Caenorhabditis elegans as a model to elucidate host-pathogen interactions for human bacterial pathogens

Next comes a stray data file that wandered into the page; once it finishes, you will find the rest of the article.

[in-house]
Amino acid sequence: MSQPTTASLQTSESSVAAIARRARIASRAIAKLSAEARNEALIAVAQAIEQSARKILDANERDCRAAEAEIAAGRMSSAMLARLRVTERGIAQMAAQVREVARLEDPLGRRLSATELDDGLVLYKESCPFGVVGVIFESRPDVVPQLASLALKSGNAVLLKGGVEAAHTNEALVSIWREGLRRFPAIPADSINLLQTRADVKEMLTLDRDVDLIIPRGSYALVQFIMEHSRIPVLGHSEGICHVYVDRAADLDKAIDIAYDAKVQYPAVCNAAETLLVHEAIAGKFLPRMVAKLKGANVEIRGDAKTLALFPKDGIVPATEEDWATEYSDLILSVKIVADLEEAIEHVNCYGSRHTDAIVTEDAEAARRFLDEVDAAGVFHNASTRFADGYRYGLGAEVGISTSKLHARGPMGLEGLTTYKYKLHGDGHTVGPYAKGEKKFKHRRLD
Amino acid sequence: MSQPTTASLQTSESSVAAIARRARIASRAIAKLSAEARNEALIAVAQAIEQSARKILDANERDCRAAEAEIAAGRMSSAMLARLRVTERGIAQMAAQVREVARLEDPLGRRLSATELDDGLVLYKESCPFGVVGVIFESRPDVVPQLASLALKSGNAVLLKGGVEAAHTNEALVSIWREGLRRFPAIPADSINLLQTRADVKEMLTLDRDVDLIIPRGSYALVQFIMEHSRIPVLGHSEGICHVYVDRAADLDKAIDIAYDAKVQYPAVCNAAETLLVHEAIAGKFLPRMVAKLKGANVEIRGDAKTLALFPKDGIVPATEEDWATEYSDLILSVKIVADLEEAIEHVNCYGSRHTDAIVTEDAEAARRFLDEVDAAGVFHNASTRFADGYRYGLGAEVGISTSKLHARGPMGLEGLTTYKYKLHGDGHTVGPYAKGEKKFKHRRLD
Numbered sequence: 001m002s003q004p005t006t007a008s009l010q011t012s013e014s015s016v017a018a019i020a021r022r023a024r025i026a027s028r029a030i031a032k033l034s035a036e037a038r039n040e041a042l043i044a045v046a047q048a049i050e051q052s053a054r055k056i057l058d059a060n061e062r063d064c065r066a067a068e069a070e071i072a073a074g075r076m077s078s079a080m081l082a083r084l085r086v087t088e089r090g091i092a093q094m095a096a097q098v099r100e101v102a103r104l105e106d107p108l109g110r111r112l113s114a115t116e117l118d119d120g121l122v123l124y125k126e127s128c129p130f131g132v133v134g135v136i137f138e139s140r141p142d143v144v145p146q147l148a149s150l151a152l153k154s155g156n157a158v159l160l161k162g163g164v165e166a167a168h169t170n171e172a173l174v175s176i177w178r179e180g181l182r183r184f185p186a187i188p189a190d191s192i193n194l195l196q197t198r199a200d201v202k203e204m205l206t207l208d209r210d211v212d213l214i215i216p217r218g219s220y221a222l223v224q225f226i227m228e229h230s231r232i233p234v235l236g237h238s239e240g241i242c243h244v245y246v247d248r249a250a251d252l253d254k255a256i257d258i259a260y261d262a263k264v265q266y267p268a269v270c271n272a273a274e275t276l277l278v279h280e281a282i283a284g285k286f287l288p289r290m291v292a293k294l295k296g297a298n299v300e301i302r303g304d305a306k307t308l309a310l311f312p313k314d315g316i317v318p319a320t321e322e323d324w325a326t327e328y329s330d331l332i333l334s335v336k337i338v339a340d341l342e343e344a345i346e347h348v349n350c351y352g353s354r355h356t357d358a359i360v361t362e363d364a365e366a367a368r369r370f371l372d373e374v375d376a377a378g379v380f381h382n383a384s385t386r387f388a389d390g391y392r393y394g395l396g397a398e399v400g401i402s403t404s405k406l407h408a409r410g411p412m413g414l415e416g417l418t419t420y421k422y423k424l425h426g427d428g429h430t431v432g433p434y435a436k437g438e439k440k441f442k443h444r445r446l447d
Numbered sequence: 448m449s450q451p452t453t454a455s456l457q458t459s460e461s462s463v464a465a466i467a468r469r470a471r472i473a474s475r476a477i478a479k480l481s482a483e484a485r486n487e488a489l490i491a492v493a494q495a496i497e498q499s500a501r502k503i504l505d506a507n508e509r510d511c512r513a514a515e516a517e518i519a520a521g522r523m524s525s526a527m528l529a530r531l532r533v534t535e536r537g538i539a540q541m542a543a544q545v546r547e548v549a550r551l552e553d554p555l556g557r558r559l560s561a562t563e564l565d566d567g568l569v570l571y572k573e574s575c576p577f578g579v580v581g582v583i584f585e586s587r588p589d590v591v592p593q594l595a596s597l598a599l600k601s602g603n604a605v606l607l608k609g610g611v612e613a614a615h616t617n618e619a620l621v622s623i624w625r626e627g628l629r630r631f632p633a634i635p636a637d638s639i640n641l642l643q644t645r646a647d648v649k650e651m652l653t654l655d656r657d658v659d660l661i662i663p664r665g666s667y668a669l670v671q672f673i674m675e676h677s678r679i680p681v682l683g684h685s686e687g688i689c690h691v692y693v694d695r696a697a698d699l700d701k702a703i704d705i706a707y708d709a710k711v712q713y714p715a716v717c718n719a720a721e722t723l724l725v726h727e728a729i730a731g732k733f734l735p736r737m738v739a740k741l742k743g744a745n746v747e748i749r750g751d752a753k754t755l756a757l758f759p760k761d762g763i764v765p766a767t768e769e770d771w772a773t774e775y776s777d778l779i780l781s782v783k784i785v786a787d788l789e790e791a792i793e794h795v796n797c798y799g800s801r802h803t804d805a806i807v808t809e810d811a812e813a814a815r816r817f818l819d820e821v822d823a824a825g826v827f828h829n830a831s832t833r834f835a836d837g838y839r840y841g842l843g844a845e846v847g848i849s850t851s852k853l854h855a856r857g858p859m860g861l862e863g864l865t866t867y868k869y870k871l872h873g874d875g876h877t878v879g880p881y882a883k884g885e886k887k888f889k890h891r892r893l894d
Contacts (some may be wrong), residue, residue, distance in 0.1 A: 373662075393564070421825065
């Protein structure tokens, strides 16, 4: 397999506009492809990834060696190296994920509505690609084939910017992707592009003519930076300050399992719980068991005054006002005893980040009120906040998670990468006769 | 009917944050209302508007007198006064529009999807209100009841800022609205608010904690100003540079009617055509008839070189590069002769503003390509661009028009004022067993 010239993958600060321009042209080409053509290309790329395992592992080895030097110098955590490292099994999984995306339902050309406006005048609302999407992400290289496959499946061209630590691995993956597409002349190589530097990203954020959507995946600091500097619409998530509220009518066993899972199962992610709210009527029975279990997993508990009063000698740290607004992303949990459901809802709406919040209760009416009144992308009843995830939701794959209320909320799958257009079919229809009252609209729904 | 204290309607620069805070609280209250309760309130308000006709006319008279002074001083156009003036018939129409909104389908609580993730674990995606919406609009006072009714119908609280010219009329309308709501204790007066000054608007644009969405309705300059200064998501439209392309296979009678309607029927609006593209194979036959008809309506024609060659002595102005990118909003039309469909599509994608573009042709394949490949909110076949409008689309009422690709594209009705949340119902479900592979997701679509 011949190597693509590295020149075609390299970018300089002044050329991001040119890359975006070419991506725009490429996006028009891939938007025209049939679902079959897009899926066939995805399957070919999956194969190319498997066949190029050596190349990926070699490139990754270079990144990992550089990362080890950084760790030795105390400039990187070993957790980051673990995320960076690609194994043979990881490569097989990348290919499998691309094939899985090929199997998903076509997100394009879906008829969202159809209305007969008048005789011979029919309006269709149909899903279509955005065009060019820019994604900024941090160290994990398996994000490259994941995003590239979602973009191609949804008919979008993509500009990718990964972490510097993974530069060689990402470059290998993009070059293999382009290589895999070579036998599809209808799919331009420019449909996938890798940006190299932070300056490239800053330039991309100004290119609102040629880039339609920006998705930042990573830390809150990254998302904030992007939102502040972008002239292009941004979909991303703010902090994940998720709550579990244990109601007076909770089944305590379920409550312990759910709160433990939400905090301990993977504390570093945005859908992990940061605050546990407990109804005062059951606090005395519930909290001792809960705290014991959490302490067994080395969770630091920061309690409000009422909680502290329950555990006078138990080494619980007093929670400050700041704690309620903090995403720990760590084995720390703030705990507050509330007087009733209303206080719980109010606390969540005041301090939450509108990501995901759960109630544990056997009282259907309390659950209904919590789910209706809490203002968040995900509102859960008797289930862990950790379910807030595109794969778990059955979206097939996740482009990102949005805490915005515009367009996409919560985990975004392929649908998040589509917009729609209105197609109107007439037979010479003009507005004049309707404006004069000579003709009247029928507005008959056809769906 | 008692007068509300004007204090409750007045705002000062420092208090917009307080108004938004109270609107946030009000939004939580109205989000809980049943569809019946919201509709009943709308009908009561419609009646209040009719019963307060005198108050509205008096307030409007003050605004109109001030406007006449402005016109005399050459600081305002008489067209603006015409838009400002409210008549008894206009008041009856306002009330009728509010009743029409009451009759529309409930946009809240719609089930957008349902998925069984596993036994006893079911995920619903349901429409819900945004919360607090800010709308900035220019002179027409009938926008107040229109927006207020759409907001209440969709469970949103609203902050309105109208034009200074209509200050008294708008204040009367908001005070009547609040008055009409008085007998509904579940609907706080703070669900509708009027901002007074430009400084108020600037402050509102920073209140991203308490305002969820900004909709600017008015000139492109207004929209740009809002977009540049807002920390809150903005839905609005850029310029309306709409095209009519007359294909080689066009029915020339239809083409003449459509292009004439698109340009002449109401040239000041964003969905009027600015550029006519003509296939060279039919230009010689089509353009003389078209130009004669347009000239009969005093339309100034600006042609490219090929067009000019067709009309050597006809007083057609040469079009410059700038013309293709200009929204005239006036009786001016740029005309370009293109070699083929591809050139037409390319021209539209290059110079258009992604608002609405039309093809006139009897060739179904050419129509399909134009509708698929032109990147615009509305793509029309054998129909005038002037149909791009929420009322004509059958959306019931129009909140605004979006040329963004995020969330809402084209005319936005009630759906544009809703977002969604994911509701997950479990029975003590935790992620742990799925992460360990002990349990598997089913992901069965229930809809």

Sammanfattning: The soil nematode Caenorhabditis elegans is a popular host utilized to model bacterial virulence and microbial pathogenesis in vivo. This thesis explores the use of C. elegans for the study of host-pathogen interactions for two Gram-negative bacteria, Burkholderia thailandensis and Salmonella enterica. We conducted a RNA interference screen to identify host genes capable of modulating the infection outcomes of C. elegans infected with B. thailandensis. We discovered that during infection, the cell junction protein LIN-7 appeared to modulate the evolutionarily conserved DAF-2 insulin/IGF-1 signalling pathway, culminating on both the FOXO transcription factor DAF-16 and the heat-shock factor 1. Moreover, LIN-7 regulated nematode survival during infection with other Gram-negative bacteria. Tissue-specific experiments also revealed that this interaction between LIN-7 and the DAF-2 signalling pathway operated mainly in nematode tissues outside the intestine (Paper I). Through a forward genetics screen using ultraviolet light, we identified pt1 as a novel allele of the unc-7 innexin gene. We found that the pt1 mutant exhibited enhanced survival only when infected with Burkholderia spp. We further defined a specific subclass of unc-7 interacting genes, unc-9 and goa-1, in a unique pathway which probably involves calcium ion fluxes (Paper II). Next we characterized a new aspect of S. enterica virulence. We observed that S. enterica provoked oxidative stress in the hypodermal tissues of infected C. elegans even though there was no apparent invasion beyond the intestinal epithelium. Via chemical and mutational interference, we found this phenomenon to be deleterious to the host. Genetic inactivation of the bacterial thioredoxin 1 strongly abrogated pathogenicity of S. enterica as well as the emergence of oxidative stress, thereby suggesting a novel role for this virulence factor (Paper III). Finally, we investigated the combinatorial effects of the proton pump inhibitor omeprazole and the salicylidene acylhydrazide INP0010 during S. enterica infection. We observed disparate effects when they were used in combination and applied to different infection models including the epithelial and macrophage-like cell lines and C. elegans. The nematode can thus provide a platform for testing virulence inhibitors, allowing the elucidation of their mechanisms in the context of a whole organism (Paper IV).

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